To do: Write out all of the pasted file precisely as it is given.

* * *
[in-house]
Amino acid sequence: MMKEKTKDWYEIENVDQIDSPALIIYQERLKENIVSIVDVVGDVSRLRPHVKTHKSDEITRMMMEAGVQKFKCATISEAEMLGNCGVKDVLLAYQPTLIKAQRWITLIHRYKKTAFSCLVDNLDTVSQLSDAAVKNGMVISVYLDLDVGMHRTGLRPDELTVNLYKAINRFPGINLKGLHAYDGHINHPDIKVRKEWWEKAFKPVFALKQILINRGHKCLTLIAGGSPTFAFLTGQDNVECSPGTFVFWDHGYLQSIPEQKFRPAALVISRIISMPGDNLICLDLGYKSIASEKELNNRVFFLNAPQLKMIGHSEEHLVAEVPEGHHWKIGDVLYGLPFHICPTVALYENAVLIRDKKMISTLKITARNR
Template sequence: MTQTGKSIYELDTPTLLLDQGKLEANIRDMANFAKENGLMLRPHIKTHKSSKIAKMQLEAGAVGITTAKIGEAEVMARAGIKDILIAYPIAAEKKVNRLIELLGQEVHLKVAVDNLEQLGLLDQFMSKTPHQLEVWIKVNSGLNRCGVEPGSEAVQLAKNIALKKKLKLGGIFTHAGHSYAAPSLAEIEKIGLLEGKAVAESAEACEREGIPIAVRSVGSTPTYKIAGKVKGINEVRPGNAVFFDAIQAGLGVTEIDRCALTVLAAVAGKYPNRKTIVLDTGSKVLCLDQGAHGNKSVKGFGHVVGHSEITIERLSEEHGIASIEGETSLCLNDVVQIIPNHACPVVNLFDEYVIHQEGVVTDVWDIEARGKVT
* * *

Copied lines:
[in-house]
Amino acid sequence: MMKEKTKDWYEIENVDQIDSPALIIYQERLKENIVSIVDVVGDVSRLRPHVKTHKSDEITRMMMEAGVQKFKCATISEAEMLGNCGVKDVLLAYQPTLIKAQRWITLIHRYKKTAFSCLVDNLDTVSQLSDAAVKNGMVISVYLDLDVGMHRTGLRPDELTVNLYKAINRFPGINLKGLHAYDGHINHPDIKVRKEWWEKAFKPVFALKQILINRGHKCLTLIAGGSPTFAFLTGQDNVECSPGTFVFWDHGYLQSIPEQKFRPAALVISRIISMPGDNLICLDLGYKSIASEKELNNRVFFLNAPQLKMIGHSEEHLVAEVPEGHHWKIGDVLYGLPFHICPTVALYENAVLIRDKKMISTLKITARNR
Template sequence: MTQTGKSIYELDTPTLLLDQGKLEANIRDMANFAKENGLMLRPHIKTHKSSKIAKMQLEAGAVGITTAKIGEAEVMARAGIKDILIAYPIAAEKKVNRLIELLGQEVHLKVAVDNLEQLGLLDQFMSKTPHQLEVWIKVNSGLNRCGVEPGSEAVQLAKNIALKKKLKLGGIFTHAGHSYAAPSLAEIEKIGLLEGKAVAESAEACEREGIPIAVRSVGSTPTYKIAGKVKGINEVRPGNAVFFDAIQAGLGVTEIDRCALTVLAAVAGKYPNRKTIVLDTGSKVLCLDQGAHGNKSVKGFGHVVGHSEITIERLSEEHGIASIEGETSLCLNDVVQIIPNHACPVVNLFDEYVIHQEGVVTDVWDIEARGKVT